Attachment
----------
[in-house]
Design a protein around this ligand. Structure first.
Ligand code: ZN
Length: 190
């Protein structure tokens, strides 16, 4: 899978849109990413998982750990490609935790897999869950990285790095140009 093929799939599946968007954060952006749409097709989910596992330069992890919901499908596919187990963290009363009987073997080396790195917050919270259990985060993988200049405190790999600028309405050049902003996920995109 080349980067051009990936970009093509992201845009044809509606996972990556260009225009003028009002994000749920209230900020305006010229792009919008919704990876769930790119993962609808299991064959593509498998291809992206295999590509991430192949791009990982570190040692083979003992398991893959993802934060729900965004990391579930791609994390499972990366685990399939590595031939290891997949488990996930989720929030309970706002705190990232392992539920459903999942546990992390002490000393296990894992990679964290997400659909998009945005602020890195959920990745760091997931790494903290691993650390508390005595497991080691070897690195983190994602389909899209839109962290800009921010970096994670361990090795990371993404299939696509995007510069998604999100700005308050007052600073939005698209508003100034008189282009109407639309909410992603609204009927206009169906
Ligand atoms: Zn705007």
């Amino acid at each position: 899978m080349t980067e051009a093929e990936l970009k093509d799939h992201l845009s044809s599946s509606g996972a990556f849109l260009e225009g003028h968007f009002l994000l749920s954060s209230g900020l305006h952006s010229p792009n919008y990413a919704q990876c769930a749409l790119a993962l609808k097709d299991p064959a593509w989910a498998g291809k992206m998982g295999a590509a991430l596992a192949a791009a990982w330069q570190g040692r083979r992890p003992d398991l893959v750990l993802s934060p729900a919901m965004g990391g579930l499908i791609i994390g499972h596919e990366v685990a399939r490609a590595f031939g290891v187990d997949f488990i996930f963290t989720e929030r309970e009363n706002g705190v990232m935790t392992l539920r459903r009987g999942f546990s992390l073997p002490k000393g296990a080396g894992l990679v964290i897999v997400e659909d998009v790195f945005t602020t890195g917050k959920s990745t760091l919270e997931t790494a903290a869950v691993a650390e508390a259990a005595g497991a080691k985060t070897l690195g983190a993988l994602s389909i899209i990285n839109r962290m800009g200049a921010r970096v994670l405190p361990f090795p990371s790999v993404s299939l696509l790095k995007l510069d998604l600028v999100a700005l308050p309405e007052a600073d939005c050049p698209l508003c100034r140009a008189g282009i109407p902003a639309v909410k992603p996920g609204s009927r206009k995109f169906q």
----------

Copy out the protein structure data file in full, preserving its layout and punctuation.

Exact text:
[in-house]
Design a protein around this ligand. Structure first.
Ligand code: ZN
Length: 190
């Protein structure tokens, strides 16, 4: 899978849109990413998982750990490609935790897999869950990285790095140009 093929799939599946968007954060952006749409097709989910596992330069992890919901499908596919187990963290009363009987073997080396790195917050919270259990985060993988200049405190790999600028309405050049902003996920995109 080349980067051009990936970009093509992201845009044809509606996972990556260009225009003028009002994000749920209230900020305006010229792009919008919704990876769930790119993962609808299991064959593509498998291809992206295999590509991430192949791009990982570190040692083979003992398991893959993802934060729900965004990391579930791609994390499972990366685990399939590595031939290891997949488990996930989720929030309970706002705190990232392992539920459903999942546990992390002490000393296990894992990679964290997400659909998009945005602020890195959920990745760091997931790494903290691993650390508390005595497991080691070897690195983190994602389909899209839109962290800009921010970096994670361990090795990371993404299939696509995007510069998604999100700005308050007052600073939005698209508003100034008189282009109407639309909410992603609204009927206009169906
Ligand atoms: Zn705007």
């Amino acid at each position: 899978m080349t980067e051009a093929e990936l970009k093509d799939h992201l845009s044809s599946s509606g996972a990556f849109l260009e225009g003028h968007f009002l994000l749920s954060s209230g900020l305006h952006s010229p792009n919008y990413a919704q990876c769930a749409l790119a993962l609808k097709d299991p064959a593509w989910a498998g291809k992206m998982g295999a590509a991430l596992a192949a791009a990982w330069q570190g040692r083979r992890p003992d398991l893959v750990l993802s934060p729900a919901m965004g990391g579930l499908i791609i994390g499972h596919e990366v685990a399939r490609a590595f031939g290891v187990d997949f488990i996930f963290t989720e929030r309970e009363n706002g705190v990232m935790t392992l539920r459903r009987g999942f546990s992390l073997p002490k000393g296990a080396g894992l990679v964290i897999v997400e659909d998009v790195f945005t602020t890195g917050k959920s990745t760091l919270e997931t790494a903290a869950v691993a650390e508390a259990a005595g497991a080691k985060t070897l690195g983190a993988l994602s389909i899209i990285n839109r962290m800009g200049a921010r970096v994670l405190p361990f090795p990371s790999v993404s299939l696509l790095k995007l510069d998604l600028v999100a700005l308050p309405e007052a600073d939005c050049p698209l508003c100034r140009a008189g282009i109407p902003a639309v909410k992603p996920g609204s009927r206009k995109f169906q």